Hearing judge properly considered child's best interests, needs, circumstances
A judge’s decision that considered the benefits for a child of meaningful relationships with both parents was entitled to deference, the Alberta Court of Appeal has ruled.
In Larose v. Dorie, 2022 ABCA 98, the parties had a short-lived common-law relationship in Edmonton with a child born in 2015. The mother, who had primary parenting of the child, moved to Red Deer, Alta., where she worked as a licensed practical nurse.
The father moved to Lacombe, Alta., and worked in Ponoka, Alta. When the child was less than three months old, the father brought an application addressing parenting time and child support. Court orders granted him parenting time.
In 2021, the mother was laid off and has been mostly unemployed since. After her efforts to find another job failed, she notified the father about her intention to relocate with the child to Ontario. They moved to a small community in Ontario, then transferred to an even smaller community.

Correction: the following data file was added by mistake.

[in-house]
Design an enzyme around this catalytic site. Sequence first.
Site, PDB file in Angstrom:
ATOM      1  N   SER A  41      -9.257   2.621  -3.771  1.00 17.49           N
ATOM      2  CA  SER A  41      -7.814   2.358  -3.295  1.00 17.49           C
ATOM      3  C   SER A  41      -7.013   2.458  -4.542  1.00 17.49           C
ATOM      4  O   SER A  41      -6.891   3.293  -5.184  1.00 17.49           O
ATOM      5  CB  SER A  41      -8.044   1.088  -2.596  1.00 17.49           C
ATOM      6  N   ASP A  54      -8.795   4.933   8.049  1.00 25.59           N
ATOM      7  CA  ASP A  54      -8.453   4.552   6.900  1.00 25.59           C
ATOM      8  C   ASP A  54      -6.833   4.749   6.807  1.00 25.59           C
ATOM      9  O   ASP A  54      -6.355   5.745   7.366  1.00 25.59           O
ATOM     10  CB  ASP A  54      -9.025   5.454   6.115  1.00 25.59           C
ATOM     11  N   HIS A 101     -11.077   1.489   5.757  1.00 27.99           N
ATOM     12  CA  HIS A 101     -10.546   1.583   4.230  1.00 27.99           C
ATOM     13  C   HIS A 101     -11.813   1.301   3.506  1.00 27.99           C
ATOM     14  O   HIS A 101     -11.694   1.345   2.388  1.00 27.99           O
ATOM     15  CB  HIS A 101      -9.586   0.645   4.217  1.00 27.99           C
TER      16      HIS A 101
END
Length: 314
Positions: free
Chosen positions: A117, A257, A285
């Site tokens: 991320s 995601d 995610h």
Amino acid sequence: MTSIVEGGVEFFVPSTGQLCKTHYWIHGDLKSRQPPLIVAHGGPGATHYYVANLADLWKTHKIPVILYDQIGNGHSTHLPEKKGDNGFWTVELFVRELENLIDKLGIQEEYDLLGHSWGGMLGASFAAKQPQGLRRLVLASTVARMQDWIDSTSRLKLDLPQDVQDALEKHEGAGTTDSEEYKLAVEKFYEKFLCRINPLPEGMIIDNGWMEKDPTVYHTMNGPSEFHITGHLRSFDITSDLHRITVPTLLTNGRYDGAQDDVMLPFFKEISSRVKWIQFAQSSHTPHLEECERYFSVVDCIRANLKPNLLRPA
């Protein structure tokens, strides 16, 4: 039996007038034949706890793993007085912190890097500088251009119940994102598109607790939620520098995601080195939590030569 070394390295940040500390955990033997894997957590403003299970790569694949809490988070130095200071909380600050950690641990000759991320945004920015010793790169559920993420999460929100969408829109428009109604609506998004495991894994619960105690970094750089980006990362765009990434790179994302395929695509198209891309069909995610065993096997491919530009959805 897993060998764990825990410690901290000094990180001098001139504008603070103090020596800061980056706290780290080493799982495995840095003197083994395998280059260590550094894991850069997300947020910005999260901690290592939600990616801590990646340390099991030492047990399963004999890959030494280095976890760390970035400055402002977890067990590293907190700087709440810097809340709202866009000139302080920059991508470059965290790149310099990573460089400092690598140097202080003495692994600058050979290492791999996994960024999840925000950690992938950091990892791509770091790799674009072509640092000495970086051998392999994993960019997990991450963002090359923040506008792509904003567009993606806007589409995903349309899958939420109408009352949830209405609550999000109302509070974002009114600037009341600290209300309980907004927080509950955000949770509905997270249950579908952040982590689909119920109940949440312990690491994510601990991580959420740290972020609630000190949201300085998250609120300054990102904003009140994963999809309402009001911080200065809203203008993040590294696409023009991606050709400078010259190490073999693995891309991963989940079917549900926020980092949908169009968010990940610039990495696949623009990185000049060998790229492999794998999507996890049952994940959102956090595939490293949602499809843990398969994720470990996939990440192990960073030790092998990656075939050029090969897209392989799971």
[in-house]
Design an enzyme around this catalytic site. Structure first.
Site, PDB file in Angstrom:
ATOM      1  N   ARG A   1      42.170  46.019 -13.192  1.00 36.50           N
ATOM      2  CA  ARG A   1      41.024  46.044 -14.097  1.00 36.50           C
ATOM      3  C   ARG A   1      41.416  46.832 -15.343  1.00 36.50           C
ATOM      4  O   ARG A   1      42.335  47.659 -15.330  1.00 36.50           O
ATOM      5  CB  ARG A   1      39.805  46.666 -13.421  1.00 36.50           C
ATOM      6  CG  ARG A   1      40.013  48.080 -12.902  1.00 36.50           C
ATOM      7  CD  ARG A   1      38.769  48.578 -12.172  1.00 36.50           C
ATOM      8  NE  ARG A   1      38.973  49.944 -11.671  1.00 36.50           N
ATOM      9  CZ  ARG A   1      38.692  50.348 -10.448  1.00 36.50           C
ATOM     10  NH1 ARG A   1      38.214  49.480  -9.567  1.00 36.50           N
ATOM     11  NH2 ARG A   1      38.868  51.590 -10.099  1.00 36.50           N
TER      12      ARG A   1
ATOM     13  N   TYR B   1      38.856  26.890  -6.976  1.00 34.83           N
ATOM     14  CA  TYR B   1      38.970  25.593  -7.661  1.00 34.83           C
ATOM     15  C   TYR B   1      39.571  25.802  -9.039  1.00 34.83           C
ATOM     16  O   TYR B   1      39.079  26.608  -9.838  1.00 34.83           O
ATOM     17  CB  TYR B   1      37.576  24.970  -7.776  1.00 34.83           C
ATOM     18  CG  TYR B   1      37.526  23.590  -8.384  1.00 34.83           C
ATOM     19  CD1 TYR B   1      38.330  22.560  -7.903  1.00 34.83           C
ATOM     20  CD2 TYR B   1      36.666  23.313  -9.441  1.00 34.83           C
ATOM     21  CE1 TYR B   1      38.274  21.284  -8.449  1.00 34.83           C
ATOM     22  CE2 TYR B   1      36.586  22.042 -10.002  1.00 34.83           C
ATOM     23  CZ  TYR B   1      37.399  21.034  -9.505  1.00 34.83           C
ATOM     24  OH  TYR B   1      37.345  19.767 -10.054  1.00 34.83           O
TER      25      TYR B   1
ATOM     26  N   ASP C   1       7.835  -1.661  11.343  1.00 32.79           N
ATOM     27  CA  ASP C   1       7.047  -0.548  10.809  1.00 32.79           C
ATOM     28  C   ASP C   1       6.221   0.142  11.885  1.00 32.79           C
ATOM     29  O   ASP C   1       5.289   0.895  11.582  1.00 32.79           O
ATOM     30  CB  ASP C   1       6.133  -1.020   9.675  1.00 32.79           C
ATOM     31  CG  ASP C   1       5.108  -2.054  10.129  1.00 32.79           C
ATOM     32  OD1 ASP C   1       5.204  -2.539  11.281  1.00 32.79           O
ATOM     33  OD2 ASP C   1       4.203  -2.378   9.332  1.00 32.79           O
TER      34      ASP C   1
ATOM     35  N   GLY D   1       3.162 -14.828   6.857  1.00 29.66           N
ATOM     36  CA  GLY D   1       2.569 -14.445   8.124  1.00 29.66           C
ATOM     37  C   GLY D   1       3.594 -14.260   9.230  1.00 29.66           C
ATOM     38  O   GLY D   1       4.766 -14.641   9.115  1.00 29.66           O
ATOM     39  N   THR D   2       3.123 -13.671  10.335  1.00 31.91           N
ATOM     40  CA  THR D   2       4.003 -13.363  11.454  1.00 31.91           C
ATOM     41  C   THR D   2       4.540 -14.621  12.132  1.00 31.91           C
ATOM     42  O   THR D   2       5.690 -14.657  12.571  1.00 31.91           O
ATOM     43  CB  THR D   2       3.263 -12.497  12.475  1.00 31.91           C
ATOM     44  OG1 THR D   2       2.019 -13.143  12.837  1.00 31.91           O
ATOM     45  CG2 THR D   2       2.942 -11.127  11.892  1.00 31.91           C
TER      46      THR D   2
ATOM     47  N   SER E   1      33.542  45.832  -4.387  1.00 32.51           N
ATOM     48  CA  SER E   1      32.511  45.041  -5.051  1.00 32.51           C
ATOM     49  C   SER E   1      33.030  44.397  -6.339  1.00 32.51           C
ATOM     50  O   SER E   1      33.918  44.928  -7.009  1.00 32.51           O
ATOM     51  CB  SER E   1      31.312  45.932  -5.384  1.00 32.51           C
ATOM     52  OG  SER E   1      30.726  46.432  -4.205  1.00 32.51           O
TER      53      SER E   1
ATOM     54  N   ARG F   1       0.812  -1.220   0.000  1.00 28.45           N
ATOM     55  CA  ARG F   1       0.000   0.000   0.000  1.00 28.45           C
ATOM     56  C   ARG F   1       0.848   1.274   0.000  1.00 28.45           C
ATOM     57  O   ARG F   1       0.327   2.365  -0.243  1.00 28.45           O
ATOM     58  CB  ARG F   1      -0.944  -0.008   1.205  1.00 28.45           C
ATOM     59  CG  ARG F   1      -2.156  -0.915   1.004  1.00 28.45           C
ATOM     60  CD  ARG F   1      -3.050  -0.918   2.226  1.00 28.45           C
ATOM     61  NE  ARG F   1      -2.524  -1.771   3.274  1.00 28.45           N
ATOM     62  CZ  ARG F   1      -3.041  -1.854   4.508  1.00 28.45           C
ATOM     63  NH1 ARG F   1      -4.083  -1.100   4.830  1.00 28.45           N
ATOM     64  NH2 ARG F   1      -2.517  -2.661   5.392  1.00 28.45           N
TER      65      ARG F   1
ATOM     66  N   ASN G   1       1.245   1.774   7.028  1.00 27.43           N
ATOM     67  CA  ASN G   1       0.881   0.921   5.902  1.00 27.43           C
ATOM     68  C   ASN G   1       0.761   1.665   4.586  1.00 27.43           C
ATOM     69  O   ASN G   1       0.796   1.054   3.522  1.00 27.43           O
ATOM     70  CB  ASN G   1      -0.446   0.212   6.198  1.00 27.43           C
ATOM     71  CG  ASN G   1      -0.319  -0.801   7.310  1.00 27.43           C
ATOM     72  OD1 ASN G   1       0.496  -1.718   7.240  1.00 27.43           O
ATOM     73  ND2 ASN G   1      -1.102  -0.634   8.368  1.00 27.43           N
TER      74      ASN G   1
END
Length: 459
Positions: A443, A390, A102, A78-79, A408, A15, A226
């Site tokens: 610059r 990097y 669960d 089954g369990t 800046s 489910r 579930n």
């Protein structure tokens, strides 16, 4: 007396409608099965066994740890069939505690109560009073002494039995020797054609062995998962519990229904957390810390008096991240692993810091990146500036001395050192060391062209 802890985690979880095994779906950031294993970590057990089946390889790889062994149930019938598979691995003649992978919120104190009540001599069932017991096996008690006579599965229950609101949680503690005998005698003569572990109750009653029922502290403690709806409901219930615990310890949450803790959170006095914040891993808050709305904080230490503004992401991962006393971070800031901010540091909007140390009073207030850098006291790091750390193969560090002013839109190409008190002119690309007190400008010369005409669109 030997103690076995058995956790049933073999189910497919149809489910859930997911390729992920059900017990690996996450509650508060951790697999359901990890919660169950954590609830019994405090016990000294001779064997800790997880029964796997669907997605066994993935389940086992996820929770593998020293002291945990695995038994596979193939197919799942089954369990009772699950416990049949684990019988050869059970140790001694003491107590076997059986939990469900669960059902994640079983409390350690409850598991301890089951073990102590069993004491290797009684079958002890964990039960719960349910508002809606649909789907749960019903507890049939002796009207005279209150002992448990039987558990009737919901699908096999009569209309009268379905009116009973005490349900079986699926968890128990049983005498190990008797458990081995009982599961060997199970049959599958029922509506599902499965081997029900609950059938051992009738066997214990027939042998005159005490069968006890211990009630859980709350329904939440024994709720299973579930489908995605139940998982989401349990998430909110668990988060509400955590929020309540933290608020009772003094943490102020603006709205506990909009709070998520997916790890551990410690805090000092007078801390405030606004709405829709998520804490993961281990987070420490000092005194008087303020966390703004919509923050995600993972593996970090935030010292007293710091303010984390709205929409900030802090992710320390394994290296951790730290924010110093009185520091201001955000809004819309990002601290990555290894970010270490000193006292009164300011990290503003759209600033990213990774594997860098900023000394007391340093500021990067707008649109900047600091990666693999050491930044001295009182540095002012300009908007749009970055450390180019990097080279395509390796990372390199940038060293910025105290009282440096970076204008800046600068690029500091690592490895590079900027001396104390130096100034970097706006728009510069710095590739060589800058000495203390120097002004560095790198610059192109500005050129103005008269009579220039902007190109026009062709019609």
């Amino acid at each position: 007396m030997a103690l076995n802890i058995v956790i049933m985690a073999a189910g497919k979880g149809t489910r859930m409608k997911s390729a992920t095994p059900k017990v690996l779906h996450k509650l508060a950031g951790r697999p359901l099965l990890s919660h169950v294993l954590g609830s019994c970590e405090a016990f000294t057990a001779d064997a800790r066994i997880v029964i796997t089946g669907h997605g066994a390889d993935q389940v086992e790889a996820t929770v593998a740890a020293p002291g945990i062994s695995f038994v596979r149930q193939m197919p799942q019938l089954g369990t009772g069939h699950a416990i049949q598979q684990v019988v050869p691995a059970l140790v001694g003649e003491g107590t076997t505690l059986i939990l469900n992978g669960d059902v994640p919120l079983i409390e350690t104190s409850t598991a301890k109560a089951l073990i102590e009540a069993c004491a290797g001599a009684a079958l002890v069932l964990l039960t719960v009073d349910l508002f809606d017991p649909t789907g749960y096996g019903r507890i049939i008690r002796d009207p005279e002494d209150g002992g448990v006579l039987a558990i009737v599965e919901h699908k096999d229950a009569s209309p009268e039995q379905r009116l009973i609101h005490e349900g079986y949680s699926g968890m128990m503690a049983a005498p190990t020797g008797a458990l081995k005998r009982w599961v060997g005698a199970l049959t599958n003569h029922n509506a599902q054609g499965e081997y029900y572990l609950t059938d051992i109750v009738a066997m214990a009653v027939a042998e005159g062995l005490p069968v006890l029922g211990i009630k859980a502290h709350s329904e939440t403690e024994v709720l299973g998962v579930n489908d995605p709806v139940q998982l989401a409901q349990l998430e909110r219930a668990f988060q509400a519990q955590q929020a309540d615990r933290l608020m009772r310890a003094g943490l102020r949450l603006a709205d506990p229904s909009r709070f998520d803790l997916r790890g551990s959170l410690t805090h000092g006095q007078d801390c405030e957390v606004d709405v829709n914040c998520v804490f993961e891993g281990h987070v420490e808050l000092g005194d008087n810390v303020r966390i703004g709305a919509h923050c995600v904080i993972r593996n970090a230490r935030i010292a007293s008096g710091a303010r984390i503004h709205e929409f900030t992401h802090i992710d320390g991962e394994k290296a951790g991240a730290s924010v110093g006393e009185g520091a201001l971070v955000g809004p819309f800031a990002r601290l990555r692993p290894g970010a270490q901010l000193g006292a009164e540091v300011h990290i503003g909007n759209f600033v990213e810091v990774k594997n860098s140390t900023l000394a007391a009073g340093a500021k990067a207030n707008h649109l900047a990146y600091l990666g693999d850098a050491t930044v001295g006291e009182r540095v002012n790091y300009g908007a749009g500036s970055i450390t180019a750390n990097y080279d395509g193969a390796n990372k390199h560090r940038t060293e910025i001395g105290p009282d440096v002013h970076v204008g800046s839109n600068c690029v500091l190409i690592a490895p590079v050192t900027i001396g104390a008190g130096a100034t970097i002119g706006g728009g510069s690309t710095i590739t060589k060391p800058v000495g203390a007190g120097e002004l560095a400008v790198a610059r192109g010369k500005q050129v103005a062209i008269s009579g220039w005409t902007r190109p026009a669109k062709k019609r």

A hearing judge dismissed the mother’s applications for the relocation of the child to Ontario, for sole decision-making, and for the ability to travel to the U.S. and obtain the child’s passport without the father’s consent.
If the mother would stay in Ontario, the father should have primary care of the child and the mother should receive generous parenting time, but if she decided to return to Alberta, she should retain primary care and the father should have scheduled parenting time, the hearing judge said.
The mother appealed, arguing that the hearing judge wrongly considered factors other than the effect of the child’s separation from the mother and her older child, as well as the effect of the child’s separation from the father.
The Alberta Court of Appeal dismissed the mother’s appeal. The hearing judge did not commit any palpable and overriding errors in her balancing and weighing of the relevant factors, did not misapprehend evidence, and did not fail to consider facts affecting the end result, the appellate court ruled.
According to the appellate court, the hearing judge clearly analyzed both parties’ evidence; considered the child’s best interests, needs, and circumstances; and ensured the greatest possible protection of the child’s physical, psychological, and emotional safety. These factors favoured having the child stay with the father in Alberta, said the court.
The appellate court noted that the hearing judge focused on the child’s care history; the nature, strength, and stability of the child’s relationship with both parents; and each parent’s ability and willingness to communicate and co-operate on issues impacting the child.